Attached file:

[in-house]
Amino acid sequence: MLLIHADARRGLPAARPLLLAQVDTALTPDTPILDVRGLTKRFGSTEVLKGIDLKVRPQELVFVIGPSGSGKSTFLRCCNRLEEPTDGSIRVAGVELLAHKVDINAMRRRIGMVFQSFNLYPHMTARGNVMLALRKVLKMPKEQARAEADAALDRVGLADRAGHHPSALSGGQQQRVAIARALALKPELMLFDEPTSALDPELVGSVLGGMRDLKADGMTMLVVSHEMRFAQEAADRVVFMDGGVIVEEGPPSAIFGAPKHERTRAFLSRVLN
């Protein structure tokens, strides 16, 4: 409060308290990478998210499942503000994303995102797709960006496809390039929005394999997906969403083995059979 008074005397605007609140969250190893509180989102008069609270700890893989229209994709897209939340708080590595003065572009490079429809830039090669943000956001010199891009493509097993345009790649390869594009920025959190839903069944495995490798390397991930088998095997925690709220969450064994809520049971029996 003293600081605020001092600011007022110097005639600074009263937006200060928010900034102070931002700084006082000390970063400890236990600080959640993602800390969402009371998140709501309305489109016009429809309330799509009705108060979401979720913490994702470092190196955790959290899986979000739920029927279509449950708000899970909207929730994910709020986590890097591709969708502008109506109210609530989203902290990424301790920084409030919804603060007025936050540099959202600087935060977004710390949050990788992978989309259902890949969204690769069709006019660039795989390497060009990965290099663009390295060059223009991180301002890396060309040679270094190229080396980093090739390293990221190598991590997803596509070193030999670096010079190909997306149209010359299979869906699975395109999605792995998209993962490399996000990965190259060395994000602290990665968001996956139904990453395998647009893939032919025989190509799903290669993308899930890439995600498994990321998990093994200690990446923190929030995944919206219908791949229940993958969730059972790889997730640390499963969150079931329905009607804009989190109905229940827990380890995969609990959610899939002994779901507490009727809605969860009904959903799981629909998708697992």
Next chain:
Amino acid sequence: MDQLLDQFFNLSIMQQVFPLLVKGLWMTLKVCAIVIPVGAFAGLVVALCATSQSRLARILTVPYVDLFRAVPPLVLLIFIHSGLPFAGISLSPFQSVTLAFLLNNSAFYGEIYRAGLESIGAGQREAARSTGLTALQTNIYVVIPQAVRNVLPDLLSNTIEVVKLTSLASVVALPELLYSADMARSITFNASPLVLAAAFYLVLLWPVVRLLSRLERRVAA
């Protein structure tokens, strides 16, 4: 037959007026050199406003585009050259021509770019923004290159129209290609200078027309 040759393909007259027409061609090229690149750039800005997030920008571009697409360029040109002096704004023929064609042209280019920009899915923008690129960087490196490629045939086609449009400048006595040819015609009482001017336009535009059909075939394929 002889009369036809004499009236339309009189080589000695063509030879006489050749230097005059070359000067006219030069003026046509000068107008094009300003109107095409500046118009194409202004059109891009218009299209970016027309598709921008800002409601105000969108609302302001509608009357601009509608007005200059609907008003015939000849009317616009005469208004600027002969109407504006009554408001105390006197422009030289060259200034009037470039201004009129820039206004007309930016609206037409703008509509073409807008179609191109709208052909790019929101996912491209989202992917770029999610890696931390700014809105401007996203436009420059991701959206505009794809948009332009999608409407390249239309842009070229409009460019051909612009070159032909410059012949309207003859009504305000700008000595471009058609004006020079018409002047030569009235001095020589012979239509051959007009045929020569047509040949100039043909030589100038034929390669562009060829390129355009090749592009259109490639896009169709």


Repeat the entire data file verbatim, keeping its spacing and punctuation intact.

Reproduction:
[in-house]
Amino acid sequence: MLLIHADARRGLPAARPLLLAQVDTALTPDTPILDVRGLTKRFGSTEVLKGIDLKVRPQELVFVIGPSGSGKSTFLRCCNRLEEPTDGSIRVAGVELLAHKVDINAMRRRIGMVFQSFNLYPHMTARGNVMLALRKVLKMPKEQARAEADAALDRVGLADRAGHHPSALSGGQQQRVAIARALALKPELMLFDEPTSALDPELVGSVLGGMRDLKADGMTMLVVSHEMRFAQEAADRVVFMDGGVIVEEGPPSAIFGAPKHERTRAFLSRVLN
């Protein structure tokens, strides 16, 4: 409060308290990478998210499942503000994303995102797709960006496809390039929005394999997906969403083995059979 008074005397605007609140969250190893509180989102008069609270700890893989229209994709897209939340708080590595003065572009490079429809830039090669943000956001010199891009493509097993345009790649390869594009920025959190839903069944495995490798390397991930088998095997925690709220969450064994809520049971029996 003293600081605020001092600011007022110097005639600074009263937006200060928010900034102070931002700084006082000390970063400890236990600080959640993602800390969402009371998140709501309305489109016009429809309330799509009705108060979401979720913490994702470092190196955790959290899986979000739920029927279509449950708000899970909207929730994910709020986590890097591709969708502008109506109210609530989203902290990424301790920084409030919804603060007025936050540099959202600087935060977004710390949050990788992978989309259902890949969204690769069709006019660039795989390497060009990965290099663009390295060059223009991180301002890396060309040679270094190229080396980093090739390293990221190598991590997803596509070193030999670096010079190909997306149209010359299979869906699975395109999605792995998209993962490399996000990965190259060395994000602290990665968001996956139904990453395998647009893939032919025989190509799903290669993308899930890439995600498994990321998990093994200690990446923190929030995944919206219908791949229940993958969730059972790889997730640390499963969150079931329905009607804009989190109905229940827990380890995969609990959610899939002994779901507490009727809605969860009904959903799981629909998708697992």
Next chain:
Amino acid sequence: MDQLLDQFFNLSIMQQVFPLLVKGLWMTLKVCAIVIPVGAFAGLVVALCATSQSRLARILTVPYVDLFRAVPPLVLLIFIHSGLPFAGISLSPFQSVTLAFLLNNSAFYGEIYRAGLESIGAGQREAARSTGLTALQTNIYVVIPQAVRNVLPDLLSNTIEVVKLTSLASVVALPELLYSADMARSITFNASPLVLAAAFYLVLLWPVVRLLSRLERRVAA
């Protein structure tokens, strides 16, 4: 037959007026050199406003585009050259021509770019923004290159129209290609200078027309 040759393909007259027409061609090229690149750039800005997030920008571009697409360029040109002096704004023929064609042209280019920009899915923008690129960087490196490629045939086609449009400048006595040819015609009482001017336009535009059909075939394929 002889009369036809004499009236339309009189080589000695063509030879006489050749230097005059070359000067006219030069003026046509000068107008094009300003109107095409500046118009194409202004059109891009218009299209970016027309598709921008800002409601105000969108609302302001509608009357601009509608007005200059609907008003015939000849009317616009005469208004600027002969109407504006009554408001105390006197422009030289060259200034009037470039201004009129820039206004007309930016609206037409703008509509073409807008179609191109709208052909790019929101996912491209989202992917770029999610890696931390700014809105401007996203436009420059991701959206505009794809948009332009999608409407390249239309842009070229409009460019051909612009070159032909410059012949309207003859009504305000700008000595471009058609004006020079018409002047030569009235001095020589012979239509051959007009045929020569047509040949100039043909030589100038034929390669562009060829390129355009090749592009259109490639896009169709």